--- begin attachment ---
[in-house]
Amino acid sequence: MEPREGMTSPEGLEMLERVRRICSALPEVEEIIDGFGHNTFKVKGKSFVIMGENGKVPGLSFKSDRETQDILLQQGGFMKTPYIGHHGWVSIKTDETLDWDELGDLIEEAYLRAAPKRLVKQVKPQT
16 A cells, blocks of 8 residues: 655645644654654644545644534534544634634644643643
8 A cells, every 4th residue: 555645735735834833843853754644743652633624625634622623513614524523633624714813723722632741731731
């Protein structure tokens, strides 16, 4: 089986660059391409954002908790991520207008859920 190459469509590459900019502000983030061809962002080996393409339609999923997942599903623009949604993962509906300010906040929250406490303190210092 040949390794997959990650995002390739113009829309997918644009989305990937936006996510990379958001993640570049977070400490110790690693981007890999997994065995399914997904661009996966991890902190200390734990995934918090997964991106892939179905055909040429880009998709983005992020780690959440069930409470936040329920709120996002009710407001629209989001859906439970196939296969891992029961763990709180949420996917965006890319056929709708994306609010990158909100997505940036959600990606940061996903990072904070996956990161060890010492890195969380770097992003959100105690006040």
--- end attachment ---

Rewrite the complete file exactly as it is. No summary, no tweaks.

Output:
[in-house]
Amino acid sequence: MEPREGMTSPEGLEMLERVRRICSALPEVEEIIDGFGHNTFKVKGKSFVIMGENGKVPGLSFKSDRETQDILLQQGGFMKTPYIGHHGWVSIKTDETLDWDELGDLIEEAYLRAAPKRLVKQVKPQT
16 A cells, blocks of 8 residues: 655645644654654644545644534534544634634644643643
8 A cells, every 4th residue: 555645735735834833843853754644743652633624625634622623513614524523633624714813723722632741731731
């Protein structure tokens, strides 16, 4: 089986660059391409954002908790991520207008859920 190459469509590459900019502000983030061809962002080996393409339609999923997942599903623009949604993962509906300010906040929250406490303190210092 040949390794997959990650995002390739113009829309997918644009989305990937936006996510990379958001993640570049977070400490110790690693981007890999997994065995399914997904661009996966991890902190200390734990995934918090997964991106892939179905055909040429880009998709983005992020780690959440069930409470936040329920709120996002009710407001629209989001859906439970196939296969891992029961763990709180949420996917965006890319056929709708994306609010990158909100997505940036959600990606940061996903990072904070996956990161060890010492890195969380770097992003959100105690006040």